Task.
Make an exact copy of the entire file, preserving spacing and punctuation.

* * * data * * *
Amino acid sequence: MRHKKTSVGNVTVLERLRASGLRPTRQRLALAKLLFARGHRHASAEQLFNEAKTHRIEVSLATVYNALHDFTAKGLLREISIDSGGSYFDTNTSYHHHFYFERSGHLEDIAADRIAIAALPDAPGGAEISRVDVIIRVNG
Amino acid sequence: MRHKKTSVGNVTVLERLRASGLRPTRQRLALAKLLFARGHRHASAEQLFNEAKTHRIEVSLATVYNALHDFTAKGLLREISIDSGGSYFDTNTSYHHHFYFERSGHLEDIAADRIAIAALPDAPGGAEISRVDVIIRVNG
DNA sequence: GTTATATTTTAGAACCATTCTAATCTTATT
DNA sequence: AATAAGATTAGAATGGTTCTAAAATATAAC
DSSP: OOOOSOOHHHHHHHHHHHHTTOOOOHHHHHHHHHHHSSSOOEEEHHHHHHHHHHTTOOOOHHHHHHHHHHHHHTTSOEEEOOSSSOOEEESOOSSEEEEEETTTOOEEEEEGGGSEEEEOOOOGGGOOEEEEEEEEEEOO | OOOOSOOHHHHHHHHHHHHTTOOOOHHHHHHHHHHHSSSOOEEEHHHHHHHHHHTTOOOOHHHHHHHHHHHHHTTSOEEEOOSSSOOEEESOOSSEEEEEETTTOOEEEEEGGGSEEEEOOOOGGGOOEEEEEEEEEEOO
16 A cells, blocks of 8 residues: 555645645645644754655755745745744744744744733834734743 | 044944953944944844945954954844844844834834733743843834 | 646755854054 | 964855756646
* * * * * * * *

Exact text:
Amino acid sequence: MRHKKTSVGNVTVLERLRASGLRPTRQRLALAKLLFARGHRHASAEQLFNEAKTHRIEVSLATVYNALHDFTAKGLLREISIDSGGSYFDTNTSYHHHFYFERSGHLEDIAADRIAIAALPDAPGGAEISRVDVIIRVNG
Amino acid sequence: MRHKKTSVGNVTVLERLRASGLRPTRQRLALAKLLFARGHRHASAEQLFNEAKTHRIEVSLATVYNALHDFTAKGLLREISIDSGGSYFDTNTSYHHHFYFERSGHLEDIAADRIAIAALPDAPGGAEISRVDVIIRVNG
DNA sequence: GTTATATTTTAGAACCATTCTAATCTTATT
DNA sequence: AATAAGATTAGAATGGTTCTAAAATATAAC
DSSP: OOOOSOOHHHHHHHHHHHHTTOOOOHHHHHHHHHHHSSSOOEEEHHHHHHHHHHTTOOOOHHHHHHHHHHHHHTTSOEEEOOSSSOOEEESOOSSEEEEEETTTOOEEEEEGGGSEEEEOOOOGGGOOEEEEEEEEEEOO | OOOOSOOHHHHHHHHHHHHTTOOOOHHHHHHHHHHHSSSOOEEEHHHHHHHHHHTTOOOOHHHHHHHHHHHHHTTSOEEEOOSSSOOEEESOOSSEEEEEETTTOOEEEEEGGGSEEEEOOOOGGGOOEEEEEEEEEEOO
16 A cells, blocks of 8 residues: 555645645645644754655755745745744744744744733834734743 | 044944953944944844945954954844844844834834733743843834 | 646755854054 | 964855756646